- Published on Wednesday, 24 October 2012 01:00
- Written by Diego Abeloos - Staff Writerfirstname.lastname@example.org
Photo By: Photos By Ellie Van Houtte/Town Crier
Julie Grosvenor and Sha Foland, from left, spearhead the El Camino YMCA’s Living Strong, Living Well program for cancer survivors.
The staff at the El Camino YMCA is seeing the world in a whole new color – pink.
In recognition that October is designated nationally as Breast Cancer Awareness Month, YMCA employees have donned pink shirts, among other things, in an effort to spread awareness about the disease through the Y’s programs and services.
“You never know when that story is going to come out,” said Sha Foland, the El Camino YMCA’s senior program director of health and wellness. “If I’m wearing the pink shirt and someone says, ‘Hey, are you a part of this whole pink promotion?’ Absolutely. Then it becomes, ‘Well my mom had cancer or my best friend did.’ That story comes up and now we’re connected.”
The Mountain View-based branch’s efforts include the Living Strong, Living Well program, a unique strength-based group for cancer survivors. The program, offered in small groups, provides strength and fitness training for adult cancer survivors who experience chronic fatigue as a side effect of treatment and the disease itself.
According to Foland, the Living Strong, Living Well program – offered in partnership with the Stanford Health Improvement Program – originated at Palo Alto’s Page Mill YMCA in 2002.
“The mindset prior to (2002) was, ‘Why would you exercise when you’re already fatigued?’” said Foland, who noted that participants regain strength and stamina throughout the duration of the program, thereby increasing their quality of life.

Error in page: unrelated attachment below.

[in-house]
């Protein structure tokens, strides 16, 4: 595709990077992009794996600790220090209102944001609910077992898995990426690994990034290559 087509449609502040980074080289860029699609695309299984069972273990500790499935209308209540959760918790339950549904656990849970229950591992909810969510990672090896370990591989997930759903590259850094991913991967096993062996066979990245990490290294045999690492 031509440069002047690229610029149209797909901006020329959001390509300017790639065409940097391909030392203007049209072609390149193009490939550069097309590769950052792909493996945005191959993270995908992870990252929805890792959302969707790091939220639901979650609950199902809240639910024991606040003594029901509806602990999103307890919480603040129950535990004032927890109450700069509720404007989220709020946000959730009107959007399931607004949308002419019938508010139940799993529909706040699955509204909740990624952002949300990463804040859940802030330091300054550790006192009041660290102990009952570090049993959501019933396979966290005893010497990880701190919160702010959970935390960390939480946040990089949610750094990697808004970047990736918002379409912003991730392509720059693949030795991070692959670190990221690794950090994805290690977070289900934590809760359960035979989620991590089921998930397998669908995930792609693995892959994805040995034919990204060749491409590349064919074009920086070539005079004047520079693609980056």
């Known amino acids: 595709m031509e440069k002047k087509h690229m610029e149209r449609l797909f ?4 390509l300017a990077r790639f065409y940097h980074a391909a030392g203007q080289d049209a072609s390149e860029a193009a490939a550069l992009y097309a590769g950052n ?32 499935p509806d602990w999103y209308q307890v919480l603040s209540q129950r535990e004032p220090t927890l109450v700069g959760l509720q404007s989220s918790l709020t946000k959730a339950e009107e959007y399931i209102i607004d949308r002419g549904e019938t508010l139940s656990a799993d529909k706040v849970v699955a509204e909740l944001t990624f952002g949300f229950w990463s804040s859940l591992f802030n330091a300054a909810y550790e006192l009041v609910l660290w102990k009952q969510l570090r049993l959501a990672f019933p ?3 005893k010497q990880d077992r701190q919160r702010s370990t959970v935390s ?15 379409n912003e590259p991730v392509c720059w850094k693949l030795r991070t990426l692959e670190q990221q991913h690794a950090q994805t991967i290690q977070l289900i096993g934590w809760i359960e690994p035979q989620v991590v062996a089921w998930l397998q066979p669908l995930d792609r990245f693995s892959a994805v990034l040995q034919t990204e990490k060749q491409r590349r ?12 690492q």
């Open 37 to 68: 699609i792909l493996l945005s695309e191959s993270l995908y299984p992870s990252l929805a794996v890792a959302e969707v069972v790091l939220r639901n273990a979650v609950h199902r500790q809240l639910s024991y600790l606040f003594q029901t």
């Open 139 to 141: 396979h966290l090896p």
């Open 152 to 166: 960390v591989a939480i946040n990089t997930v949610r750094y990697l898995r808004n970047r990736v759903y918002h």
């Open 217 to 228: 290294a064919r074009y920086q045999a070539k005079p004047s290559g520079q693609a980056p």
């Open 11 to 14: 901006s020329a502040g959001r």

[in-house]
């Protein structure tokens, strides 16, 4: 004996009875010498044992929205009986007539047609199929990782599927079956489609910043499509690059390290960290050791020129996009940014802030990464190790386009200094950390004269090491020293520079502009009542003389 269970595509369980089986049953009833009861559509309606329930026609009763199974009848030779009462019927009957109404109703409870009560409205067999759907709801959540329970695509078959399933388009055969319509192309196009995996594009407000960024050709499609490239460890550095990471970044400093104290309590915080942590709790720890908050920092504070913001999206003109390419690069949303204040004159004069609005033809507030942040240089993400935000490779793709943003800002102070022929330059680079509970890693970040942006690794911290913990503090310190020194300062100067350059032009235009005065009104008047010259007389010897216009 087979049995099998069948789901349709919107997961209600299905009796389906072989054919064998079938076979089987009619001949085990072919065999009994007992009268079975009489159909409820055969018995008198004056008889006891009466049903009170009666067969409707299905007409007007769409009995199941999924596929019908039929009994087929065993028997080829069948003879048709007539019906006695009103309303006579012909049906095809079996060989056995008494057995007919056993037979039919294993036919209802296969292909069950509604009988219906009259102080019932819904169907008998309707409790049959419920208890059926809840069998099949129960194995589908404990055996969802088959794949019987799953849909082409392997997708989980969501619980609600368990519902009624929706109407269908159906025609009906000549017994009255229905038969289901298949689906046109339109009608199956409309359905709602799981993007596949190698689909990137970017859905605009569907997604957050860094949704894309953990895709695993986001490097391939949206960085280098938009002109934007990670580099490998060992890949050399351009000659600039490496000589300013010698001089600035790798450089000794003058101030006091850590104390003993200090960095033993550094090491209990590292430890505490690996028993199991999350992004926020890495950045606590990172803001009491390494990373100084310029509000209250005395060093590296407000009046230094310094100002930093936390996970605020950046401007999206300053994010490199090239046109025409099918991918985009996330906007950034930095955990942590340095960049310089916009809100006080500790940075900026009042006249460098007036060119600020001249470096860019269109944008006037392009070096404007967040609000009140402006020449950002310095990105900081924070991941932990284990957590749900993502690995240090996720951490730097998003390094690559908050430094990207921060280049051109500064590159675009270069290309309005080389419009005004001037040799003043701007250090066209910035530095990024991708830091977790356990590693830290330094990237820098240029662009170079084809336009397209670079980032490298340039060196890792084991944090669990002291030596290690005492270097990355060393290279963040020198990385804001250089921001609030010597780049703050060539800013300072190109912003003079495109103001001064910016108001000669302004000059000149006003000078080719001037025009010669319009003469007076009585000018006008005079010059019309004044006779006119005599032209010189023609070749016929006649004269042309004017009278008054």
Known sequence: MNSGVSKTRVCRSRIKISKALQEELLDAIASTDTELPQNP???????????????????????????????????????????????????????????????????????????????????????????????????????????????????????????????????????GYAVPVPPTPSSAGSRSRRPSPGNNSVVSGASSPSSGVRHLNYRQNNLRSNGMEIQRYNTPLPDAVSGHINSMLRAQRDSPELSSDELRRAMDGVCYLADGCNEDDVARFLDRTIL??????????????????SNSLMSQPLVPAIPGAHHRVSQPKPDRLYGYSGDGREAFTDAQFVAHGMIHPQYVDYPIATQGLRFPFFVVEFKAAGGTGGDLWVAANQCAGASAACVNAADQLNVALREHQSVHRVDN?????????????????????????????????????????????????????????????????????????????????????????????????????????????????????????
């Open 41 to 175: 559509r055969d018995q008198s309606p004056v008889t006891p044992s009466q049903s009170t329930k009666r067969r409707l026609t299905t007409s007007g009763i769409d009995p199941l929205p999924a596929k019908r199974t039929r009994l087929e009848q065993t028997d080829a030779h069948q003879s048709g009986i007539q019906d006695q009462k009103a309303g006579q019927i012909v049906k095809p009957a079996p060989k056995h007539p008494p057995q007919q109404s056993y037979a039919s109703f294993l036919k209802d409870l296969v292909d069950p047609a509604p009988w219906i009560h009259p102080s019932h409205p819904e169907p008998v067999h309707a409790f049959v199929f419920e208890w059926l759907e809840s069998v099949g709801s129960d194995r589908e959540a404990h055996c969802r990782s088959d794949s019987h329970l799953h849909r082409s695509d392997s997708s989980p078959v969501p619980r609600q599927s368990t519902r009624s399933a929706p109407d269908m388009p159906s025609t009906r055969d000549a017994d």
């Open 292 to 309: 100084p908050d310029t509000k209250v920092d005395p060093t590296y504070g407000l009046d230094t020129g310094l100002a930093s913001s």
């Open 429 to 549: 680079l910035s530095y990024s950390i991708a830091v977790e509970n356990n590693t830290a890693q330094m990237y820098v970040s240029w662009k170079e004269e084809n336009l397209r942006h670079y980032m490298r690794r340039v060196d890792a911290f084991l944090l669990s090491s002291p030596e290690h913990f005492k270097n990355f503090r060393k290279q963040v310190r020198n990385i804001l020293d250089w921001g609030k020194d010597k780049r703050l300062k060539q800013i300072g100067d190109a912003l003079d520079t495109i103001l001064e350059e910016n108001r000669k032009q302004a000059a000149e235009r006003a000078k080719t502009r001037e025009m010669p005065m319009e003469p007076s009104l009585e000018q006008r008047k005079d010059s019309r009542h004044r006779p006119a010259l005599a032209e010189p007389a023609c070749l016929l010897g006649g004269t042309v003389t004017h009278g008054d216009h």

The 12-week program is now offered throughout the year at the El Camino YMCA and in seven other locations in the greater Bay Area.
Julie Grosvenor, who leads the branch’s two Living Strong, Living Well groups, said that while the program itself doesn’t vary greatly from traditional strength-based exercise groups, it offers additional benefits beyond fitness. Group participants, she noted, share a common bond of having battled the disease. Meeting with others who understand those struggles, she added, is what makes the program stand out.
“It’s set up as a group for a reason,” Grosvenor said. “You can do personal training or strength training anytime. You’re going through a strength-training program with a group of people – even if you haven’t had the same cancer or just finished chemotherapy – and there’s a common story.”
A helping hand
At times, Grosvenor noted, participants show up for the group dispirited and fatigued. Because of those instances, she said the program differs in that it provides a physical touch – whether it’s a pat on the back, a consoling hug or a high-five.
“Their highs and lows through the three months that we see them can be pretty extreme sometimes,” she said. “You’re not going to want to come in some days. You’re going to want to wake up and stay in bed. … Our message to them is that even if you just walk through the door, I want to see you. If you say to me that you can’t do any more than this, I’ll walk you back out the door or I’ll sit with you in the lobby and together we’ll say that you made it today.”
A former preschool teacher, Grosvenor said she embraces the added tactile element.
“I love it,” she said. “It can be tiring (emotionally), there’s no question … but I don’t mind people getting personal. I like providing touch. I like being able to go in and find out what they need and what I can do. That, for me, is a daily goal with this group.”
Grosvenor added that several participants have formed close friendships as a result of the group exercise classes. To strengthen the bonds, Grosvenor formed a weekly walking group of former participants. This year, she and a group of 25 individuals – including several former class participants – are taking part in the 2012 Making Strides Against Breast Cancer Awareness of Silicon Valley event Saturday in San Jose.
Together, she noted, the group has raised more than $2,400 to benefit the American Cancer Society.
“The unexpected result is how they feed me,” Grosvenor said of the participants in her exercise and walking groups. “I can go home at the end of the day in a crazy Silicon Valley and I’m totally full. My heart is full.”
For more information, visit www.ymcasv.org/elcamino.